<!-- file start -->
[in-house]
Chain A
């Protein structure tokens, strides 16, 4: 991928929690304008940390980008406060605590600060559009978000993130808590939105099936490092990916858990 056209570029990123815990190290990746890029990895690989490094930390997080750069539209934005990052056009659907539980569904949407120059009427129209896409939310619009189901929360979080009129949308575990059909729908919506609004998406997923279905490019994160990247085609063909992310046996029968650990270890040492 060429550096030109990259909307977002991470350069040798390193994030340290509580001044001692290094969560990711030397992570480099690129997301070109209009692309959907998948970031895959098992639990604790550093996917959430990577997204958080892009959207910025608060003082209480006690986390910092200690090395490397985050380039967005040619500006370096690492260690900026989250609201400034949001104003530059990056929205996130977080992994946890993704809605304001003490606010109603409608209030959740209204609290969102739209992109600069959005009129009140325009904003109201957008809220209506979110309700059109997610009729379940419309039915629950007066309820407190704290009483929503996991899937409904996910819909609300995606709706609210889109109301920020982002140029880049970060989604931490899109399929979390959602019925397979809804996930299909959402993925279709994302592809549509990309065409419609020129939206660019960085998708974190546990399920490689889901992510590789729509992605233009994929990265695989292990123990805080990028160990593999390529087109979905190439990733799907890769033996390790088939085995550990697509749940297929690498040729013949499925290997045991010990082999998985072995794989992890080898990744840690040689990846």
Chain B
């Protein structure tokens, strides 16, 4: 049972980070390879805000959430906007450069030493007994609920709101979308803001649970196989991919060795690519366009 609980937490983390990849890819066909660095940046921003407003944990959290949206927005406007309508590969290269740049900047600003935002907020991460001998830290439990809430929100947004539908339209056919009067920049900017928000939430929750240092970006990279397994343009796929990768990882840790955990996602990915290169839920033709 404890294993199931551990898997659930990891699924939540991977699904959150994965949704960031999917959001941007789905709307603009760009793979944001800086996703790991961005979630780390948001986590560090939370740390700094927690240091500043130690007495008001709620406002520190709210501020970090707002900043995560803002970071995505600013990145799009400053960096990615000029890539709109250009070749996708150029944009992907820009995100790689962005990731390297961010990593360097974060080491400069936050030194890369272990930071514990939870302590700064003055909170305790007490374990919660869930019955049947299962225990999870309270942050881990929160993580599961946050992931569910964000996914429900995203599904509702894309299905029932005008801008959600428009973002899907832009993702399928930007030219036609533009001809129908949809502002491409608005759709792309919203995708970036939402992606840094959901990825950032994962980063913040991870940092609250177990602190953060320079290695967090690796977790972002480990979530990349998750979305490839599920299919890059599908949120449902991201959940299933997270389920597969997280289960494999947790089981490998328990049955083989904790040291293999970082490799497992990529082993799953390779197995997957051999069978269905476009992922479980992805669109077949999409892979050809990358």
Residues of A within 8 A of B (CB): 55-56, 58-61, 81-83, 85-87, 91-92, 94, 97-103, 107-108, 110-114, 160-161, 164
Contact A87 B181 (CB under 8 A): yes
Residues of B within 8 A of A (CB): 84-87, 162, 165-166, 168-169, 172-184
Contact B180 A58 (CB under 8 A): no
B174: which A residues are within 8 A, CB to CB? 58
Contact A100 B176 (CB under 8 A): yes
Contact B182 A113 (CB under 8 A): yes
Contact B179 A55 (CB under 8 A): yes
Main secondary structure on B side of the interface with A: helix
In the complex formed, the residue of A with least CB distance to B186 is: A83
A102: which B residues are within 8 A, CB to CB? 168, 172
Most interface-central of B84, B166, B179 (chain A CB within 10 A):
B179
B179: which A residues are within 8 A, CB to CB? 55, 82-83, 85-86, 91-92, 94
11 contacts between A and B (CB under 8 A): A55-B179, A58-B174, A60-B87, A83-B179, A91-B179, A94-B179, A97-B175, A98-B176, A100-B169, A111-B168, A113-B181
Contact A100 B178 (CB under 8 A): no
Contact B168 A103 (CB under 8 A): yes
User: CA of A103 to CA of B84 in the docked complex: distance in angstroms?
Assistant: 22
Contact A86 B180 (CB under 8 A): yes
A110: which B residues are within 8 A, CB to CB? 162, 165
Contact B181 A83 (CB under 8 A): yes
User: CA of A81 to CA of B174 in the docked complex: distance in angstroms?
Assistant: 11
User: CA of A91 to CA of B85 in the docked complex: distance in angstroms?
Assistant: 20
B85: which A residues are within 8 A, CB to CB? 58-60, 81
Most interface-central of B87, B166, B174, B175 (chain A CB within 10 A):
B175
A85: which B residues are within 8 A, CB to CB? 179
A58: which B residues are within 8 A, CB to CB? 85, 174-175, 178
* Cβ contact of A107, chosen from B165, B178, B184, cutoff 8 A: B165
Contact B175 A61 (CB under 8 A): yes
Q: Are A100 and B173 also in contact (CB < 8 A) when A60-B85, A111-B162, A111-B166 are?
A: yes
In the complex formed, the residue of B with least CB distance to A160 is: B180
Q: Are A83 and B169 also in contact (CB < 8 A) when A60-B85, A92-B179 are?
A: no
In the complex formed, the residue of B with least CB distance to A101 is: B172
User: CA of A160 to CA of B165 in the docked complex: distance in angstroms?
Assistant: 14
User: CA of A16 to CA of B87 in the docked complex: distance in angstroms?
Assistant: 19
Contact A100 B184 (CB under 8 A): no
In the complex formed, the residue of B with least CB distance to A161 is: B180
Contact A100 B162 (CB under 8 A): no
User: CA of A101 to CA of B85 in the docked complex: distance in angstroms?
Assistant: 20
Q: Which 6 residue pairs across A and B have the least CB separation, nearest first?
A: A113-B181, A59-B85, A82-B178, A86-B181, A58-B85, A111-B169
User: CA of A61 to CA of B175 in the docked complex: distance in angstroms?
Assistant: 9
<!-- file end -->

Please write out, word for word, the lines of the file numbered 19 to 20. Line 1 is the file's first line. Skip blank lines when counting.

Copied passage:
B179: which A residues are within 8 A, CB to CB? 55, 82-83, 85-86, 91-92, 94
11 contacts between A and B (CB under 8 A): A55-B179, A58-B174, A60-B87, A83-B179, A91-B179, A94-B179, A97-B175, A98-B176, A100-B169, A111-B168, A113-B181